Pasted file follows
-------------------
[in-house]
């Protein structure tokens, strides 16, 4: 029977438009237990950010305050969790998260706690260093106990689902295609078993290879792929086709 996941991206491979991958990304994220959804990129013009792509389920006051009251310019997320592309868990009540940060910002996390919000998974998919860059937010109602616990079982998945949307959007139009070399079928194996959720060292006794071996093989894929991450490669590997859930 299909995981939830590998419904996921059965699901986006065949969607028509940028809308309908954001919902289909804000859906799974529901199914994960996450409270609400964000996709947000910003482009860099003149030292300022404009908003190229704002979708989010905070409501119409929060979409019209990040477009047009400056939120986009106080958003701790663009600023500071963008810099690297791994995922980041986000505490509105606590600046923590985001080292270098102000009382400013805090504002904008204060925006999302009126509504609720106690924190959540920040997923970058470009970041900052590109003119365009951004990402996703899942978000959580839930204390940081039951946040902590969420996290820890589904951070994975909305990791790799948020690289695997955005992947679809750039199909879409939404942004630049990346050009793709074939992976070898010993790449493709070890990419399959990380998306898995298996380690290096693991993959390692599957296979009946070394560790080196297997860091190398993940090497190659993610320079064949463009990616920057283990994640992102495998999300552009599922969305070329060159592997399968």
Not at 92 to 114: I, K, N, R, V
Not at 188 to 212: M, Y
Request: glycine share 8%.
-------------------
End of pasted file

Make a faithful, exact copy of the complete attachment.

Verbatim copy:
[in-house]
């Protein structure tokens, strides 16, 4: 029977438009237990950010305050969790998260706690260093106990689902295609078993290879792929086709 996941991206491979991958990304994220959804990129013009792509389920006051009251310019997320592309868990009540940060910002996390919000998974998919860059937010109602616990079982998945949307959007139009070399079928194996959720060292006794071996093989894929991450490669590997859930 299909995981939830590998419904996921059965699901986006065949969607028509940028809308309908954001919902289909804000859906799974529901199914994960996450409270609400964000996709947000910003482009860099003149030292300022404009908003190229704002979708989010905070409501119409929060979409019209990040477009047009400056939120986009106080958003701790663009600023500071963008810099690297791994995922980041986000505490509105606590600046923590985001080292270098102000009382400013805090504002904008204060925006999302009126509504609720106690924190959540920040997923970058470009970041900052590109003119365009951004990402996703899942978000959580839930204390940081039951946040902590969420996290820890589904951070994975909305990791790799948020690289695997955005992947679809750039199909879409939404942004630049990346050009793709074939992976070898010993790449493709070890990419399959990380998306898995298996380690290096693991993959390692599957296979009946070394560790080196297997860091190398993940090497190659993610320079064949463009990616920057283990994640992102495998999300552009599922969305070329060159592997399968």
Not at 92 to 114: I, K, N, R, V
Not at 188 to 212: M, Y
Request: glycine share 8%.